For the China-EU economic and trade relations, opportunities are far more than challenges. To fully unleash the potential, a stable global economic environment, in particular a rules-based multilateral trading system, is of crucial importance.

Given the rising trends of unilateralism and protectionism, as well as the international uncertainties, a stable China-EU relationship is of great value. China and the EU are both major members of the WTO, and make comprehensive strategic partners for each other. We need to stand up together with a clear-cut stance against unilateralism and protectionism, preserve the rules-based multilateral trading system, and sustain the sound momentum of the global economy. This is our joint responsibility, and we need to act together to make that happen.

Some European friends say that though the current system works, it is not fair enough. China is always ready to listen to the EU’s suggestions on how to make the system better. But one thing is certain: facing unilateralism and protectionism, compromise or policy of appeasement for the sake of short-term interests will weaken economic globalization, undermine the multilateral trading system, and hurt the fundamental interests of all members of the international community.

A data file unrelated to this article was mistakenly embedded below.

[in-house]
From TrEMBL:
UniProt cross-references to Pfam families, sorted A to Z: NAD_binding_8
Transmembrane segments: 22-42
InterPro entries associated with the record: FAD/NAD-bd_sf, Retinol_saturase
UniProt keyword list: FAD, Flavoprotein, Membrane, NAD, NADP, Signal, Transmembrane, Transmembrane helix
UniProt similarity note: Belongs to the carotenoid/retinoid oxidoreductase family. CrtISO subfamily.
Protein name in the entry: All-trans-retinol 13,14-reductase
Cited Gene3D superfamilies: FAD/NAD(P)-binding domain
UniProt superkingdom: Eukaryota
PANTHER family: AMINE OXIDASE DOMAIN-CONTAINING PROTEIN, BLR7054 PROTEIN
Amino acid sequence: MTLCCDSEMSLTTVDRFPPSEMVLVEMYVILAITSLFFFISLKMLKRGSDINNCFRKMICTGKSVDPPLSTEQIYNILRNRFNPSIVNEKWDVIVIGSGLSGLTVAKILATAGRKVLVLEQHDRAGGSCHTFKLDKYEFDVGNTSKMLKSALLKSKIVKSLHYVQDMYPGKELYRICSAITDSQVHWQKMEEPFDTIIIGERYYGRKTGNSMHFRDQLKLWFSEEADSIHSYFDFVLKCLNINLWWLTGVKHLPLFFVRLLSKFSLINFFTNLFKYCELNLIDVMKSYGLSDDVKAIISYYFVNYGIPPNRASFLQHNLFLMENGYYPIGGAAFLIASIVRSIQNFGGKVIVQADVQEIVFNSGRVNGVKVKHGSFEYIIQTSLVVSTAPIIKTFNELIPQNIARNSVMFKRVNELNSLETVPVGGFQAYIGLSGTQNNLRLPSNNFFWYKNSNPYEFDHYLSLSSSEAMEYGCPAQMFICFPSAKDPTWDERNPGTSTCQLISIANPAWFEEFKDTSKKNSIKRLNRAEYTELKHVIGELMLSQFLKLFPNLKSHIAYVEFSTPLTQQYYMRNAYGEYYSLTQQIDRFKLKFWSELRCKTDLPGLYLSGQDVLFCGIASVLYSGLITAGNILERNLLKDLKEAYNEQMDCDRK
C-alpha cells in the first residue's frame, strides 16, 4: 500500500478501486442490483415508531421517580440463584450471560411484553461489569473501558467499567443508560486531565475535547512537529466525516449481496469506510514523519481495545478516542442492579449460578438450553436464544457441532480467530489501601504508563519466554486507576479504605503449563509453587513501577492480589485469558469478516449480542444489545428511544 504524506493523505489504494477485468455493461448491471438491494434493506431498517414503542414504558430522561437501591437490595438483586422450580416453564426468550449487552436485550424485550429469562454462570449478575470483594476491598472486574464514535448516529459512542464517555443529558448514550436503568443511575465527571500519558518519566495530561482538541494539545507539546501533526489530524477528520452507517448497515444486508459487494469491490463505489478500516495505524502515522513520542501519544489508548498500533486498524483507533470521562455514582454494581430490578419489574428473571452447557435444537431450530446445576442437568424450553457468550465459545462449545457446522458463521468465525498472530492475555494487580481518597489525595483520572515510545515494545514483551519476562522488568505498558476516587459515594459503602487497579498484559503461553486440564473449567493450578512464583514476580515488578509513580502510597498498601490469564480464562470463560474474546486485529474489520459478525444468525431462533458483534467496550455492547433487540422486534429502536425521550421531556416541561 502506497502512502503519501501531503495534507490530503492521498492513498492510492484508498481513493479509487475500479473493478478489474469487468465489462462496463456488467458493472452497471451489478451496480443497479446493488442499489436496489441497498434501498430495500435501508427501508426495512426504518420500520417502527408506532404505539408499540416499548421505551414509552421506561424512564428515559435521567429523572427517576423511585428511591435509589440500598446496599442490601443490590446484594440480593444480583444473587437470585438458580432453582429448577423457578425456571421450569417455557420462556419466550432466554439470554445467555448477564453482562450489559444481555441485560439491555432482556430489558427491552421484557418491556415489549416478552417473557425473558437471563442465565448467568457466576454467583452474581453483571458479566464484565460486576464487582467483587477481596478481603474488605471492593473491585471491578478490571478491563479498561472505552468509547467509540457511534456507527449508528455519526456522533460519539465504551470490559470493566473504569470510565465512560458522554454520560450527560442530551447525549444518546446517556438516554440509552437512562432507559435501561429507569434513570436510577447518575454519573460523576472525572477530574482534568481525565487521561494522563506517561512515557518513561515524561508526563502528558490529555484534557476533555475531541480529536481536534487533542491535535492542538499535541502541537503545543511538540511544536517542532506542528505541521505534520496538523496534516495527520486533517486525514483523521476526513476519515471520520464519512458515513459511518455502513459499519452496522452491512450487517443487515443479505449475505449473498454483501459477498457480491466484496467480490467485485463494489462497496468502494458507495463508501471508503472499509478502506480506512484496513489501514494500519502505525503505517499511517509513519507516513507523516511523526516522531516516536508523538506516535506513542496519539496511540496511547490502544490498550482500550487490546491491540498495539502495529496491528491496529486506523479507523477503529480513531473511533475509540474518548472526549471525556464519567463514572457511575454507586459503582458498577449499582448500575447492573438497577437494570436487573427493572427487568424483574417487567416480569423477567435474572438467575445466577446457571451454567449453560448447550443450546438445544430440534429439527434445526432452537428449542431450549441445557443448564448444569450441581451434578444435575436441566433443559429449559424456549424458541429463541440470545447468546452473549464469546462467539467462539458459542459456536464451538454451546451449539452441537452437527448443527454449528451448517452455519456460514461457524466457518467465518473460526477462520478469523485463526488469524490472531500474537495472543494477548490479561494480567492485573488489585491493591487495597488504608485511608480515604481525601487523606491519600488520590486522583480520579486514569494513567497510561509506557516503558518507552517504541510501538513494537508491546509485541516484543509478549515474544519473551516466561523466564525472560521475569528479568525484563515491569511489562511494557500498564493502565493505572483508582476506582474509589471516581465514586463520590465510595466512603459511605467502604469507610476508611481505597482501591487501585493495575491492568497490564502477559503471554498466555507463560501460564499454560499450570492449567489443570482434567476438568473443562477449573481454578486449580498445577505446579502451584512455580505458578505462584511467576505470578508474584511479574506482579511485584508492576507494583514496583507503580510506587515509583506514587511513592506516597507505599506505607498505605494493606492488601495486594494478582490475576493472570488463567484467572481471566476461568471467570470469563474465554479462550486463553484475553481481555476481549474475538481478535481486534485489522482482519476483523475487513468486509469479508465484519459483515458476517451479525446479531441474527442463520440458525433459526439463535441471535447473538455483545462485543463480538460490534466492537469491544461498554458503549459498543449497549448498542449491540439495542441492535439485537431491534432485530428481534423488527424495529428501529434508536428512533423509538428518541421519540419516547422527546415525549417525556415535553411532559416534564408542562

Dear MEPs,

This year marks the 15th anniversary of the China-EU comprehensive strategic partnership. The 20th China-EU Summit will be held in July. China hopes to work with the EU to bring our cooperation, in particular that in the area of economy and trade, to a new level. We hope that the INTA Committee will continue to play a positive and constructive role.

Mr. Chair, you are going to visit China next month with your colleagues. I wish you a good trip. I’m sure that the first-hand experience will help you understand China better. It is my sincere hope that more of your colleagues will have an opportunity to visit China and see what is happening in my country. With mutual understanding, mutual respect and mutual trust, we can make the pie bigger, and our citizens will both get a bigger slice.

Thank you. I look forward to a good discussion with you.